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Monday, 2 April, 2001, 11:46 GMT 12:46 UK
Living in cyn
Blair
Public man... Mr Blair warns of "corrosive" cynicism
Who cares when the general election is called? Judging by turnout at recent polls, millions of people are indifferent to the prospect. But from where does this cynicism come?

The May 1997 election produced the lowest turnout since 1935. It was followed in 1998 by local government elections in which less than a third of those eligible to vote did so.

A year later turnout in the European election dropped to less than a quarter.

Kinnocks
Most people would be hard pressed to get a laugh out of voting
On the same day a parliamentary by-election in Leeds attracted the interest of only 19.6% of voters - the lowest figure for more than 80 years.

Labour politicians claimed the credit by saying voters were satisfied with the way things were going and so did not feel the need to vote.

More recently they have blamed a growth in public "cynicism" - a "media-fuelled" belief that politicians are acting in their own and not in the public's interest - for voter apathy.

At Labour's spring campaign conference in February Tony Blair accused the Conservatives of trying to "foster" cynicism as a deliberate campaign tactic.

Private lives

And in a speech to Christian Socialists last week he said cynicism was not only a fact of political life but a "corrosive" danger to democracy itself.

TV programmes
Does self-improvement get your vote?
Yet leading thinkers say the growth in apathy and cynicism is down to the so-called "privatisation" of social life and a consequent decline in public activity.

The trend has been most vividly portrayed by American intellectual Richard Sennett, now professor of sociology at the London School of Economics.

Mr Sennett's book, The Fall of Public Man, describes the way in which consumer society promotes a self-obsessed "culture of narcissism".

According to the academic, people:

  • see only their private personal lives as authentic;
  • go to extraordinary lengths to "insulate" themselves from contact with others, especially "strangers";
  • increasingly do not understand the purpose of public institutions.

The trend has spread across the Atlantic, Mr Sennett believes. In Britain, as in the US, if you "speak the words 'public or 'social', the metal shutters of the mind come clattering down," he wrote recently.

TV watching
Home leisure is not an entirely new concept
Increasing numbers of people, especially the young, no longer see the answer to their problems as coming from the "public sphere" - including politics. They are more likely to hope to win the lottery or, otherwise, concentrate on "self-improvement".

Many of Mr Sennett's views are shared by Robert Putnam, the best-selling author who visited Tony Blair last week to discuss Labour policy development.

In his book, Bowling Alone, Mr Putnam picks up on the fact that 10-pin bowling - once a group social activity in the United States - is now becoming a solitary pastime, similar to the "personal development" idea involved in going to the gym.

The absurd activity of bowling alone is a metaphor for "the cult of individuality" relentlessly promoted by advertising and home entertainment, says Mr Putnam.

'We want to be alone'

He provides reams of data showing that Americans are spending more and more time alone or in family groups. Membership of public organisations from political parties and churches to the Boy Scouts and rotary clubs is in steep decline.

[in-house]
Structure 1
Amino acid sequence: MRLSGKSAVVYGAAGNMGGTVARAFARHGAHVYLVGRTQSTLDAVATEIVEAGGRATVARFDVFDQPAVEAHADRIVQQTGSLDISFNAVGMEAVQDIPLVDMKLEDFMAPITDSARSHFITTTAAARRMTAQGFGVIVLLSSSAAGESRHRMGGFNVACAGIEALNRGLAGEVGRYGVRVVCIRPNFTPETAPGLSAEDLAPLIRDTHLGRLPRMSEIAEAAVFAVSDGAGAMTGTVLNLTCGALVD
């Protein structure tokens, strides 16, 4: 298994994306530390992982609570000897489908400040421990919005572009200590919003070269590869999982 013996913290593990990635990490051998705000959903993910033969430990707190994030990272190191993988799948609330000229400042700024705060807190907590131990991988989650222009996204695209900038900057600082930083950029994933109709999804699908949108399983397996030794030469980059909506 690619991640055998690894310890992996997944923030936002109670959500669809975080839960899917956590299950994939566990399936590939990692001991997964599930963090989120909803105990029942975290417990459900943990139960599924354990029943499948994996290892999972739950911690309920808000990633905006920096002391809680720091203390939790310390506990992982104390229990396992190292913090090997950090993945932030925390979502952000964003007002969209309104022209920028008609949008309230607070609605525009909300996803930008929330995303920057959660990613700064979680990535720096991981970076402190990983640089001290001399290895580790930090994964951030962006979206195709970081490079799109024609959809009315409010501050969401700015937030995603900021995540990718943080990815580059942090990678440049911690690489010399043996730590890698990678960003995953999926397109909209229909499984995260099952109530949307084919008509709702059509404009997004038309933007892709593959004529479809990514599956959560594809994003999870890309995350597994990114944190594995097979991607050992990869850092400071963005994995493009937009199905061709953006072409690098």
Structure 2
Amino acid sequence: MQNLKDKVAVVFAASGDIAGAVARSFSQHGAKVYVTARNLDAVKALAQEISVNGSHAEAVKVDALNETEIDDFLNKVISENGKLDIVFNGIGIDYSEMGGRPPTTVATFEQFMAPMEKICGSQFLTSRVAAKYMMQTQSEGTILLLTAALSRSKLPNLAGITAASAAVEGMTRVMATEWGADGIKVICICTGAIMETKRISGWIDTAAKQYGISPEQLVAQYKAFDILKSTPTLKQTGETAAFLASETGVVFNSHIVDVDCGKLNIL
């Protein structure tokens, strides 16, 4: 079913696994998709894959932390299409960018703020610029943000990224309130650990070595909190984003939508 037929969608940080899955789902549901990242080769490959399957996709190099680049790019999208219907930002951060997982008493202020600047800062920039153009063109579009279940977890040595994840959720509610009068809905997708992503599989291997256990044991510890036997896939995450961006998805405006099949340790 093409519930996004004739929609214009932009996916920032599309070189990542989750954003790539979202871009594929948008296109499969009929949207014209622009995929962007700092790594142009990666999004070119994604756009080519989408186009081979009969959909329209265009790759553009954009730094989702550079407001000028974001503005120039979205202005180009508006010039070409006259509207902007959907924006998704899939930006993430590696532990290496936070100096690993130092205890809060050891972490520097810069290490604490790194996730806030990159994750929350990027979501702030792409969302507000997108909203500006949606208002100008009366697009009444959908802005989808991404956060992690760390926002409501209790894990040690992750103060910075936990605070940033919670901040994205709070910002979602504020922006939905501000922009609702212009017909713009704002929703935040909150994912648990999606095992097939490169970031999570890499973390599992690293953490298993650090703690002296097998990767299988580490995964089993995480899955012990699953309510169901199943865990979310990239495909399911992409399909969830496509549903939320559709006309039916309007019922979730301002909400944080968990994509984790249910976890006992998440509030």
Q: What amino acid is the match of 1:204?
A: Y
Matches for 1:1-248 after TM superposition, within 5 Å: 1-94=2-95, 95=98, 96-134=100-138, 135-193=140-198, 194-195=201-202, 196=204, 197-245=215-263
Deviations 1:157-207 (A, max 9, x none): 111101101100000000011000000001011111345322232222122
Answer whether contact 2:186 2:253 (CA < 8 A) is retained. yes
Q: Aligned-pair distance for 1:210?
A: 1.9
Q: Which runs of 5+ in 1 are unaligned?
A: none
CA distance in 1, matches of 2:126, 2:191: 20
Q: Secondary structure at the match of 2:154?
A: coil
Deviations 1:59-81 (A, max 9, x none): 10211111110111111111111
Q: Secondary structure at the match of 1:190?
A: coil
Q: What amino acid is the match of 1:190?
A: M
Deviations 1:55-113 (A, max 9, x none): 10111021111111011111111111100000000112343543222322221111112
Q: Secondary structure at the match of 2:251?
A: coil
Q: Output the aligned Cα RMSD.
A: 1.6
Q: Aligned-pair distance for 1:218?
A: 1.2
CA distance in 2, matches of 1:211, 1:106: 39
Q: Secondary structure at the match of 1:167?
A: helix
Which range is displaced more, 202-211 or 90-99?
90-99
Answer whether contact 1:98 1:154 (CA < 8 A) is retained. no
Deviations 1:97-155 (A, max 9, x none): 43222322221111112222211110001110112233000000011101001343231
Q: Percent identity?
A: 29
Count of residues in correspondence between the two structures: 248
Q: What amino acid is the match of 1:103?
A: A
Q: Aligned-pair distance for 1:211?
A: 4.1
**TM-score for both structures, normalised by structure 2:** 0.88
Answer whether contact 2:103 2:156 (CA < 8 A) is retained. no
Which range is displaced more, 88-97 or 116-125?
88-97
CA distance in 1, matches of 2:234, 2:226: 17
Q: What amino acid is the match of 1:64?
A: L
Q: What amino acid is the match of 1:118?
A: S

Masses of people are concerned with their single life histories and in particular their emotions; this concern has proved to be a trap rather than a liberation

Richard Sennett
Even within the home, people are retreating into their own rooms. Family dinners are on the decline, having friends over to visit is down 45% and the number of people attending club meetings has more than halved in the last 10 years.

America, he says, is losing the "vibrant civil society" on which its democracy is based as people shut themselves inside luxurious high-security homes packed with consumer electronics.

Life outside the home means either a visit to the shopping mall or commuting to an office where work, increasingly, is a matter of sitting in relative solitude in front of a computer screen.

Both Mr Sennett and Mr Putnam say the same sort of changes are also taking place in the UK. The problem is not so much that the "public" is somehow preferable to the "private" sphere, but that institutions - such as parliament and political parties - are lagging way behind social change.

Bubble trouble

But not everyone accepts we are becoming a nation of "Bubble People".

Bubble from Ab Fab
The "Bubble People" have no interest in a life outside their own
Pam Giddy, director of Charter 88, says apathy and cynicism are the "wrong words" to describe disenchantment with the politics.

"If there is cynicism it is because even after the constitutional reforms we have had, politicians are still out of touch. We still have the 'old politics'," she says.

The introduction of proportional representation, she believes, would bolster confidence and interest in the political system.

"PR is not a panacea. But the fact is about 100,000 people decided the last election. If you are a Tory in Scotland or a Labour supporter in much of the south, it is hard to see the point in voting. It is no wonder some people feel they are wasting their time at elections.

"People have a healthy scepticism about politicians," she adds. "But that does not mean they are apathetic. Polls show huge interest in 'single issue' politics and in big political ideas.

"The feeling that politicians might get up to no good if they are not held accountable, shows that people want to be active."

See also:

02 Apr 01 | UK Politics
16 May 00 | UK Politics
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